Robert Reich

I am stating it unequivocally! You have never seen this amount of money in power, at least in living memory. You have to go back to the 1890s – when the lackeys of the robber barons would literally put sacks of money on the desks of legislators – to find anything similar. The Supreme Court in 2010, in a shameful decision called “Citizens United against the Federal Election Commission,” opened the floodgates to money and politics. It is now literally possible to purchase a president or a governor.

PROJECT M

America is not the only country where inequality is growing. Australia, Canada, the United Kingdom and others are experiencing growing inequality.

Robert Reich

The causes are similar. Among rich countries, the United States has witnessed the greatest lurch towards inequality, though others are close behind. The underlying dynamic has to do with globalization and technological displacement of workers. But other nations have developed political and institutional bulwarks against as much inequality as the United States has. Now, I am not suggesting the US move towards European-style social democracies. In my book and movie, I make a more modest proposal: that the US simply moves back to the society we had in the 1950s to early 1970s, when we had institutions and laws that dramatically reduced inequality and spread prosperity more widely.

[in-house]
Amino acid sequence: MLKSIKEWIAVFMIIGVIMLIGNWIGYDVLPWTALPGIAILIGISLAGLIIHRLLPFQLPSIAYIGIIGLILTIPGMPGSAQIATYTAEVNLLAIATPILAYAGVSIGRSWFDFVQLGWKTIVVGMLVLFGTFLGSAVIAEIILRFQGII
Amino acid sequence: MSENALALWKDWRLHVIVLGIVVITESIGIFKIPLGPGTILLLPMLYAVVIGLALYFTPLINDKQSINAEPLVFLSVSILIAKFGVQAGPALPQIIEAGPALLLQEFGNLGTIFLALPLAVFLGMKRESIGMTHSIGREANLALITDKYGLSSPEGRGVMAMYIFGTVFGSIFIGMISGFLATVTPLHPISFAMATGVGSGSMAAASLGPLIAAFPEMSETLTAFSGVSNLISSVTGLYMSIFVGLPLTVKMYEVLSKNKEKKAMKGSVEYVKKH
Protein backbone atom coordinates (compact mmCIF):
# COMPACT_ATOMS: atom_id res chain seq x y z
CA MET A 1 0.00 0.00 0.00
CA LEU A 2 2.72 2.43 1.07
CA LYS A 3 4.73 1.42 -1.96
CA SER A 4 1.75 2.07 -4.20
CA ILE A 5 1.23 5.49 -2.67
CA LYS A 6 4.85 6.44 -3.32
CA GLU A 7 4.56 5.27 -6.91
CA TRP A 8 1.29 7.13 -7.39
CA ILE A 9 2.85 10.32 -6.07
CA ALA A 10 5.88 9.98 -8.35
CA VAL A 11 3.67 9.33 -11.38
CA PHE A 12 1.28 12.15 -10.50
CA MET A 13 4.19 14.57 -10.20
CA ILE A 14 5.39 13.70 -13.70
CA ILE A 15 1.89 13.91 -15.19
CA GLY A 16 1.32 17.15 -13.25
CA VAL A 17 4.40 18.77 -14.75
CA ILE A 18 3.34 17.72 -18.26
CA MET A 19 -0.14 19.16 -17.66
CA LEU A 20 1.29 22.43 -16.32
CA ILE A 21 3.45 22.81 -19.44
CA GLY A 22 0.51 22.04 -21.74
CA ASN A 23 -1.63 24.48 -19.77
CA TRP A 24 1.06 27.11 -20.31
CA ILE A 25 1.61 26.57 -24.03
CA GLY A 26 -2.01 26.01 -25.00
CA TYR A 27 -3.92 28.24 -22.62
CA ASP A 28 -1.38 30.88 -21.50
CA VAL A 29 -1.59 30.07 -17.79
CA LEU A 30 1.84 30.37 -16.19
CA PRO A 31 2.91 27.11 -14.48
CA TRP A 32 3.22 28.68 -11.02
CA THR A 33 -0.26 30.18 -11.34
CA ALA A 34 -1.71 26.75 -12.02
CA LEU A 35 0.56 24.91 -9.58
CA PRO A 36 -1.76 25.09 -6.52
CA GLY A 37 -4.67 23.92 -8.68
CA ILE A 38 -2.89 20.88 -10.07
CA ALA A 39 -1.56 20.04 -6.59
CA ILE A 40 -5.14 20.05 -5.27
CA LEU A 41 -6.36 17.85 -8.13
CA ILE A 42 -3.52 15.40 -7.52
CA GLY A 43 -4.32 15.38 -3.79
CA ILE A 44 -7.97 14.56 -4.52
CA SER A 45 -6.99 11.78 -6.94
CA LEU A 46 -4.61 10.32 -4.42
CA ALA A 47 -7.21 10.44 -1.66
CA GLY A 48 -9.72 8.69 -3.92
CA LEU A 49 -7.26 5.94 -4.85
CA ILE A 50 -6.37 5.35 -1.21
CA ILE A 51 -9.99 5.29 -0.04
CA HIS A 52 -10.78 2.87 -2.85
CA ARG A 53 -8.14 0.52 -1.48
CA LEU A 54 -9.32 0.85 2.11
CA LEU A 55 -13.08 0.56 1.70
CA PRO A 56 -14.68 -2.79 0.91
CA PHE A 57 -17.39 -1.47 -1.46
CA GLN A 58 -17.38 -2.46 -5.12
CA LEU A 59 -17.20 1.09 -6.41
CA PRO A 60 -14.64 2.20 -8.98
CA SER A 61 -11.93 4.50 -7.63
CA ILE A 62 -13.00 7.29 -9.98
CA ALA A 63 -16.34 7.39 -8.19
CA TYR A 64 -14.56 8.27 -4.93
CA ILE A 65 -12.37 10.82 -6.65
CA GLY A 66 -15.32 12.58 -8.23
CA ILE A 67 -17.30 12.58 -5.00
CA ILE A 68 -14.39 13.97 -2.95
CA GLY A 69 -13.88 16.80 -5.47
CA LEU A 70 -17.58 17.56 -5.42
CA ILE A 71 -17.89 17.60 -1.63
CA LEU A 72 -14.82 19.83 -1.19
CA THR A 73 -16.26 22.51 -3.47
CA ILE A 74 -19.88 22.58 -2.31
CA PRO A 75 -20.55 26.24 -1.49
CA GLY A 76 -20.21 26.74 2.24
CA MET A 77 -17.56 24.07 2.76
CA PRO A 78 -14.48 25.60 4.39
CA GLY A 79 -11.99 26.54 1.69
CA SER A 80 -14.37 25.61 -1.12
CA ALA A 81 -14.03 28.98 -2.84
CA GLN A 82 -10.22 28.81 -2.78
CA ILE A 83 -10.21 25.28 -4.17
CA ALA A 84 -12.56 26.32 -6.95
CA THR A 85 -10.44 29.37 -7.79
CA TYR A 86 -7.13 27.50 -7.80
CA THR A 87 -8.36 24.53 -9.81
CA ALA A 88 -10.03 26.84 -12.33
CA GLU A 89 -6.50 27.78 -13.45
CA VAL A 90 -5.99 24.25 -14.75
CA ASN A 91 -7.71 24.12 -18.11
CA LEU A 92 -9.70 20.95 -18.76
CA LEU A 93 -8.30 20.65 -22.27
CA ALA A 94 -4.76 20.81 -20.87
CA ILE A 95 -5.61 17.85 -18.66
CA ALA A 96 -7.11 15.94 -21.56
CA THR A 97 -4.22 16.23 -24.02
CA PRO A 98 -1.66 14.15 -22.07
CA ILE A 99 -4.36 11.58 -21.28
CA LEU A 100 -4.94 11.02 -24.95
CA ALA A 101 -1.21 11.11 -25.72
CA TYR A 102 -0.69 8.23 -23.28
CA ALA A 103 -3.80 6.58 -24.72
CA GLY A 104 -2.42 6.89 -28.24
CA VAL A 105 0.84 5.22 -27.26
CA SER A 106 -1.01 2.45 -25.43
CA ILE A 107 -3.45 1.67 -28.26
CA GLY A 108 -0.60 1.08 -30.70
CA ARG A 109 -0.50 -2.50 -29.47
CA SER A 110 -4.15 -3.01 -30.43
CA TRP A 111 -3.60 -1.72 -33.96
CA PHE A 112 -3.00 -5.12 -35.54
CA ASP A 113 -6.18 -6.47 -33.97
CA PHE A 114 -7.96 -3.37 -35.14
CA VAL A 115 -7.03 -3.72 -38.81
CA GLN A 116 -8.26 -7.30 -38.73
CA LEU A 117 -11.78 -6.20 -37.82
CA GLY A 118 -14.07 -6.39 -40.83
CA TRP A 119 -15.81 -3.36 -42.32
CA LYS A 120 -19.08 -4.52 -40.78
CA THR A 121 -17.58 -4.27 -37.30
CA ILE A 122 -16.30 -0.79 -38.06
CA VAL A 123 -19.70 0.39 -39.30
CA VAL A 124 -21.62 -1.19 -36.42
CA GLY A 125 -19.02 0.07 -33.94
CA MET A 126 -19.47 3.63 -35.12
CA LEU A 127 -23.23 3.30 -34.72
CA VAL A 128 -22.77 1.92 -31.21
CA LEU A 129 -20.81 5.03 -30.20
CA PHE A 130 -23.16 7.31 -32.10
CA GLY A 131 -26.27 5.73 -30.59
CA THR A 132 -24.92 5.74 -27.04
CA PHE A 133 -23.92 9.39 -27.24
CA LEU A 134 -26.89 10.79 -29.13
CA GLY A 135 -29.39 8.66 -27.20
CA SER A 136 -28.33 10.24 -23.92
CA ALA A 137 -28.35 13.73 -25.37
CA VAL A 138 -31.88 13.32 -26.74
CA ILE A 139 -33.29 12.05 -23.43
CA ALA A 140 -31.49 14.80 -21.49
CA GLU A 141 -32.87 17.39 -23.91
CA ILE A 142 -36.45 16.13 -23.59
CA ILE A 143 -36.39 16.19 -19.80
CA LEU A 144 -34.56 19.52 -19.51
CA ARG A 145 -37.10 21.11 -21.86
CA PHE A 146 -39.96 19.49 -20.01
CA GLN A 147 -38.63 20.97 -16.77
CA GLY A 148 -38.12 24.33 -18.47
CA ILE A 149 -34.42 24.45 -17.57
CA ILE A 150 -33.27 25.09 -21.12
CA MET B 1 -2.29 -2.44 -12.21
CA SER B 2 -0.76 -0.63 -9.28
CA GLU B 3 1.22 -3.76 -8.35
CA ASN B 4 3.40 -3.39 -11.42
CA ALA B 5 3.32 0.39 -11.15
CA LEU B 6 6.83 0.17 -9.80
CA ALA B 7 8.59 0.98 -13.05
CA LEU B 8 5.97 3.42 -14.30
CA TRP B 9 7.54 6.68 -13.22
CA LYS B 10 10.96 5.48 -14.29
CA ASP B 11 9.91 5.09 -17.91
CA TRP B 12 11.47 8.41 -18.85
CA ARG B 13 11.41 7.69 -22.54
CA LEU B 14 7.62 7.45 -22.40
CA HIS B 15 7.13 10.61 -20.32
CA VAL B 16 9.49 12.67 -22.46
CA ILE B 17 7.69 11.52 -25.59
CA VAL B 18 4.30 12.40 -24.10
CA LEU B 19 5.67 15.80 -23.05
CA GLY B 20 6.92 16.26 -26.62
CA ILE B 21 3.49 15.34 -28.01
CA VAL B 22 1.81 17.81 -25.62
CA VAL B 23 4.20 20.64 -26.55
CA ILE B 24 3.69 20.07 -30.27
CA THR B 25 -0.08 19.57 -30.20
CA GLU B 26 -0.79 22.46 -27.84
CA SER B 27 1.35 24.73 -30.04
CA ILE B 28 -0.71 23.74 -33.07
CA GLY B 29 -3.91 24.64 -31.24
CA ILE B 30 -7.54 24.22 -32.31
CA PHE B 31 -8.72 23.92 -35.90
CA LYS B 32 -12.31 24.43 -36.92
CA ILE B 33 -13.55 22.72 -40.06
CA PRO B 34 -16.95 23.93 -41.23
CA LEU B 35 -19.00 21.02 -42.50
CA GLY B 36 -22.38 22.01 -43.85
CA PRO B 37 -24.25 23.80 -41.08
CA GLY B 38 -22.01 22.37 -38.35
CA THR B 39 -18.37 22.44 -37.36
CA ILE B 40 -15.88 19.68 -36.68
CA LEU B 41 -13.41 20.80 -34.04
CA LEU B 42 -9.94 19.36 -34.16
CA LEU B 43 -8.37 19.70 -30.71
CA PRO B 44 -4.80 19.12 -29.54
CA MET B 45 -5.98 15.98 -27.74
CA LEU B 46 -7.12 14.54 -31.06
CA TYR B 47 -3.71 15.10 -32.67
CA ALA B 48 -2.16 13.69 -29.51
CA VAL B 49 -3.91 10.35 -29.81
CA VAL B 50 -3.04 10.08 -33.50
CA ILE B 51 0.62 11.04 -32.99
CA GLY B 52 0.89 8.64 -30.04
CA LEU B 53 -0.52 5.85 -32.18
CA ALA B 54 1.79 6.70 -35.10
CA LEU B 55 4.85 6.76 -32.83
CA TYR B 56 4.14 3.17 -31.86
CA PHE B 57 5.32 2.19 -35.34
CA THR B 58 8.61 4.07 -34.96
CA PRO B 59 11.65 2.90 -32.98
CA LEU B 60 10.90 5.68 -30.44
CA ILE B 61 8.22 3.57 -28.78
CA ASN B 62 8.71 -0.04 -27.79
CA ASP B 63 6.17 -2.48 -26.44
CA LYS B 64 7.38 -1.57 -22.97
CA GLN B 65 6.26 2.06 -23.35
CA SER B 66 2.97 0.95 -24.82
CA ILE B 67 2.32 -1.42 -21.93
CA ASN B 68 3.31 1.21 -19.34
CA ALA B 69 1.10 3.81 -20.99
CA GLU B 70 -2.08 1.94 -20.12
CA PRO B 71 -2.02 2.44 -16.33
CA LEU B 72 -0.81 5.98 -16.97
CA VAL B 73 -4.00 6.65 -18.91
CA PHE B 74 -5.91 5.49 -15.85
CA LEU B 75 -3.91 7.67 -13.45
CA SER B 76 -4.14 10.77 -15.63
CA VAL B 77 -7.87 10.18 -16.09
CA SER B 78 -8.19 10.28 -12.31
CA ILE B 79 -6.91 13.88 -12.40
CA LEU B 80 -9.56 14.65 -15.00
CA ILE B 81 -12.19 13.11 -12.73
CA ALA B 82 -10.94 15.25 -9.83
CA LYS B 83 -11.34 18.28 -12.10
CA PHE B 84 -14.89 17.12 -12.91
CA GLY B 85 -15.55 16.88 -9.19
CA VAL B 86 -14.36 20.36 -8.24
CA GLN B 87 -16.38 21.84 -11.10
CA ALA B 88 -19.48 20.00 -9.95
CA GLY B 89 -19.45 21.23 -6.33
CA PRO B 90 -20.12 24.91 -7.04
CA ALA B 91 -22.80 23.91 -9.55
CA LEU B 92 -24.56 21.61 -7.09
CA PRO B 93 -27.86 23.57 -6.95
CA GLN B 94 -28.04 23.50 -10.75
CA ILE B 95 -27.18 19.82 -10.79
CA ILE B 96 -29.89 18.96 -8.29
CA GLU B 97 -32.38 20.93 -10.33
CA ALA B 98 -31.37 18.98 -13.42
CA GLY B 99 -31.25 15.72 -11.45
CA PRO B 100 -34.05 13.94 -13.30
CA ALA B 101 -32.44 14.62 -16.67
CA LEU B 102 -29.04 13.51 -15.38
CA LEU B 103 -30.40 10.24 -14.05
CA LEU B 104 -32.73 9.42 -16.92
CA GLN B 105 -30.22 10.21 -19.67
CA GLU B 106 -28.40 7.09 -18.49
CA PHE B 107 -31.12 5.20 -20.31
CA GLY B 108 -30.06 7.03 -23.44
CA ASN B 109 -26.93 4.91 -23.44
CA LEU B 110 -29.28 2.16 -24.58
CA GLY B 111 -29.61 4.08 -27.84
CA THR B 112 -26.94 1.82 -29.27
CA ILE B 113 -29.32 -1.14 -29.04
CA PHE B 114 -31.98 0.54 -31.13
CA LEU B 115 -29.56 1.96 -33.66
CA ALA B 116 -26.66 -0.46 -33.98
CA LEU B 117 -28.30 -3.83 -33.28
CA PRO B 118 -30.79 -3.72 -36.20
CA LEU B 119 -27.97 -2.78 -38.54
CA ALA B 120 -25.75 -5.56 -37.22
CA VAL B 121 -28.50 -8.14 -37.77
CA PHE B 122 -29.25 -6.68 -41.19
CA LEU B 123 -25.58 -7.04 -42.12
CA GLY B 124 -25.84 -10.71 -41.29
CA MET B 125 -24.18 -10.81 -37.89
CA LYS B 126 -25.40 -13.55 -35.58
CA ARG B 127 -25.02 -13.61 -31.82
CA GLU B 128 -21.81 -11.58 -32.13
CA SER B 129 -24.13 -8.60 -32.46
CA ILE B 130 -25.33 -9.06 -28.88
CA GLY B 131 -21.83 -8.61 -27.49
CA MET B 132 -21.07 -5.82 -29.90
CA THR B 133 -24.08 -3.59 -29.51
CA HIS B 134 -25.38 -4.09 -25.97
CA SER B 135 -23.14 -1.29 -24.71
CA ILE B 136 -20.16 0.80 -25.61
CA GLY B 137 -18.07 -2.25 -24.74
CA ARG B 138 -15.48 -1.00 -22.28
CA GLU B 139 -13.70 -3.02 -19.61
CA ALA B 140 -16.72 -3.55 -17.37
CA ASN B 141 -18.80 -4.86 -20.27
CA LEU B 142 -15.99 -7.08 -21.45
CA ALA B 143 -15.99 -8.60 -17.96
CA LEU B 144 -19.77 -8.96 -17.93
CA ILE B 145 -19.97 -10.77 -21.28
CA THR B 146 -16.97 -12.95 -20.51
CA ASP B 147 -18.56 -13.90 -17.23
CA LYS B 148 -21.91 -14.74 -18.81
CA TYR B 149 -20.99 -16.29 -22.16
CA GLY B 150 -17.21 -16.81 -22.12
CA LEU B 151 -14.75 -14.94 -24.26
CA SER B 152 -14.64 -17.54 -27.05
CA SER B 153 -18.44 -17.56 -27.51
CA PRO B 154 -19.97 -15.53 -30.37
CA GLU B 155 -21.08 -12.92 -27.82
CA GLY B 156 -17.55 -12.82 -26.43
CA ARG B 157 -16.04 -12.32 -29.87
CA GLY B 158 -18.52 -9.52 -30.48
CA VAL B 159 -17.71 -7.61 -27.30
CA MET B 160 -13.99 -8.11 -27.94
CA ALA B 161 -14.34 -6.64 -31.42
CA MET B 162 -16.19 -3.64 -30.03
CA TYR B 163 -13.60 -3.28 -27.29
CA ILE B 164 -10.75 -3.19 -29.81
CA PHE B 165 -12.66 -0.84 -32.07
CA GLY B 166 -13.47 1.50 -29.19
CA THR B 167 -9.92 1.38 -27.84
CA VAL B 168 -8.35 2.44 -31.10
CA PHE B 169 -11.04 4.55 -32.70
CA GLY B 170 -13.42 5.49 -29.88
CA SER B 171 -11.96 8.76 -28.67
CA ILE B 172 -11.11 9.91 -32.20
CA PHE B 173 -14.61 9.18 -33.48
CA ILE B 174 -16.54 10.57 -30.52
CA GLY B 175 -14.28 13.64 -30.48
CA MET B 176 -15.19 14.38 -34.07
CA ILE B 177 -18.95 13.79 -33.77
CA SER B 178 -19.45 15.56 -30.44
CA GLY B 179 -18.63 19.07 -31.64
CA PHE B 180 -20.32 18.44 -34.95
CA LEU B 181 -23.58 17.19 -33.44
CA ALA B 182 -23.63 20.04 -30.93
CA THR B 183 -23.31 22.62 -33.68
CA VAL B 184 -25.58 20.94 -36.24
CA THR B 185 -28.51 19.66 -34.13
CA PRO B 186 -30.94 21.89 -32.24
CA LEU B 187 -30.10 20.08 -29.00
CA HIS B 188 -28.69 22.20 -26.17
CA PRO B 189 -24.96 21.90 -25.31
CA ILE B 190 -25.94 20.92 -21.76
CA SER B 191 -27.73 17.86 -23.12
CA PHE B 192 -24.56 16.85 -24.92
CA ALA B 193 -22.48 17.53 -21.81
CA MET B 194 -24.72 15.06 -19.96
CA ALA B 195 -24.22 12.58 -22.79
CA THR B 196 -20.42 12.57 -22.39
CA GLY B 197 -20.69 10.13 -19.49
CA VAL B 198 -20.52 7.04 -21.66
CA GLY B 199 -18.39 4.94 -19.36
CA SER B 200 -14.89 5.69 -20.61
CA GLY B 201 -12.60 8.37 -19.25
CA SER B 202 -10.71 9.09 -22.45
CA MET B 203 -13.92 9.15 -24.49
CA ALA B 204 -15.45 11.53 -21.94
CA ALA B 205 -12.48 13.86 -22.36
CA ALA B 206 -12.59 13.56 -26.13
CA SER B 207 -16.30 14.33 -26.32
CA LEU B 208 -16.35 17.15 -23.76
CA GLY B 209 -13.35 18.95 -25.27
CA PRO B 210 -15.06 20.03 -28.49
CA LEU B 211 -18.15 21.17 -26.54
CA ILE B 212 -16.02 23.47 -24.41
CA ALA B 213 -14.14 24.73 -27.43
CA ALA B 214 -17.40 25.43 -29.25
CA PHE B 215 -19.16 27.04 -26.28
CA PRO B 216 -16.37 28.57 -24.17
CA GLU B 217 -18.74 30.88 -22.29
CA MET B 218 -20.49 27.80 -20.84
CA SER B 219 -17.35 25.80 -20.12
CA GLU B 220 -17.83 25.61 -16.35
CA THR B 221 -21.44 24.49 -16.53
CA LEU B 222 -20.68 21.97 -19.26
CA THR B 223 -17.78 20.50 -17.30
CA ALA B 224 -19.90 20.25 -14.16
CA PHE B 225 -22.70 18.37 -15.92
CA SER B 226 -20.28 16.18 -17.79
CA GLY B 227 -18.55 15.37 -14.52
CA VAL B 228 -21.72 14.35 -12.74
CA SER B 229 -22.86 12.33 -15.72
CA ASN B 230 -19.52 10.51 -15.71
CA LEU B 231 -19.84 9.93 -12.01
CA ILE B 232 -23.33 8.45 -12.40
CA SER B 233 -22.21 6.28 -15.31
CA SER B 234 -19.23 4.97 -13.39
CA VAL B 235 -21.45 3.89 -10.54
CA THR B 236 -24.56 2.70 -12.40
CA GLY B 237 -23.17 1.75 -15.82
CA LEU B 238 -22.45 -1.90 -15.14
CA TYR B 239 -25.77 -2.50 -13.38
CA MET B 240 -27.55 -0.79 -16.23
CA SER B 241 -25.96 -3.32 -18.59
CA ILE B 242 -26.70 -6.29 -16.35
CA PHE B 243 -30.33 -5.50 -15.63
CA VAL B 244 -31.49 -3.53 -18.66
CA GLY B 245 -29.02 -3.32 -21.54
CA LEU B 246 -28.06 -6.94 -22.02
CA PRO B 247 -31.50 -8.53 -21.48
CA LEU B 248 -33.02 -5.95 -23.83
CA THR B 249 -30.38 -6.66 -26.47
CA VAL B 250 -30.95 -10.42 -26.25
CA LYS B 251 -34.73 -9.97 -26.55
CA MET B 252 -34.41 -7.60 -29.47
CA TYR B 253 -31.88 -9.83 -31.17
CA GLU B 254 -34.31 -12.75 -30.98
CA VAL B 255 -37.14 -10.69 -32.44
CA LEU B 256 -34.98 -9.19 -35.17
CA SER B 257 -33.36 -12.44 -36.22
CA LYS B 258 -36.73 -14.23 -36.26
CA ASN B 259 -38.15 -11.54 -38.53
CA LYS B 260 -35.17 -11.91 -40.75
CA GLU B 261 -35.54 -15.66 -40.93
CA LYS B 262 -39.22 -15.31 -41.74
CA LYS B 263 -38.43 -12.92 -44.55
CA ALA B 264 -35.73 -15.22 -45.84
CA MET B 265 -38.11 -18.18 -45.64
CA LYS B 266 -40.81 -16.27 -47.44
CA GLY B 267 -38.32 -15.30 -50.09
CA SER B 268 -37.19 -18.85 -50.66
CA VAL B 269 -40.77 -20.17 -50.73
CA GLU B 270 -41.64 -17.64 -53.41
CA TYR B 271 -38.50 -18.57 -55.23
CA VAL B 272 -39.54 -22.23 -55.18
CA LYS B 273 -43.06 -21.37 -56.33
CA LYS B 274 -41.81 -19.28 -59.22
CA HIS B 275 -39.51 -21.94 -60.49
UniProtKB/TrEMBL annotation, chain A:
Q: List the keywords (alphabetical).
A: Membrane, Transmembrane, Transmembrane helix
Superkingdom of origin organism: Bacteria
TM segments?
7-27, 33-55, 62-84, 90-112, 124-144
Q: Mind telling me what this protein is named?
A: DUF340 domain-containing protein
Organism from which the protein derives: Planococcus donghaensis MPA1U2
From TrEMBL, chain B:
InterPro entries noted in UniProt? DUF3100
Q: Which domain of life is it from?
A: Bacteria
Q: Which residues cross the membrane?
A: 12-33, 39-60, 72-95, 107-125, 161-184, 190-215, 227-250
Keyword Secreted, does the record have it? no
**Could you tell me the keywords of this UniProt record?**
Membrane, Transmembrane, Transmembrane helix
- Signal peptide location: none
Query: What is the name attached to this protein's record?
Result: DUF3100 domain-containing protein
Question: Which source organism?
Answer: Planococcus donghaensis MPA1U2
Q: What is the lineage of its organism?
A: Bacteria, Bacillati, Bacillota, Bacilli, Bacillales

PROJECT M

After the Great Crash of 1929, the Glass-Steagall Act was introduced. This is credited with ensuring stability in the financial system for decades, so it seems surprising that there is little agitation to have it re-introduced.

Robert Reich

As I speak to different community groups, labor groups, Democratic groups and occasionally even Republican groups, all I have to do is just mention Glass-Steagall and I get a round of applause. This is quite remarkable as, five or six years ago, no one even knew what Glass-Steagall was. The Clinton administration in 1999 made the mistake of joining Republicans and repealing Glass-Steagall. To ensure Wall Street won’t melt down once again, we need two things: not just to resurrect Glass-Steagall, but also to cap the size of the biggest banks. Unless we do both, we risk a repeat of 2008.

PROJECT M

Your net worth puts you in the top 1%. Does anyone question your credentials in speaking for the 99%?

Robert Reich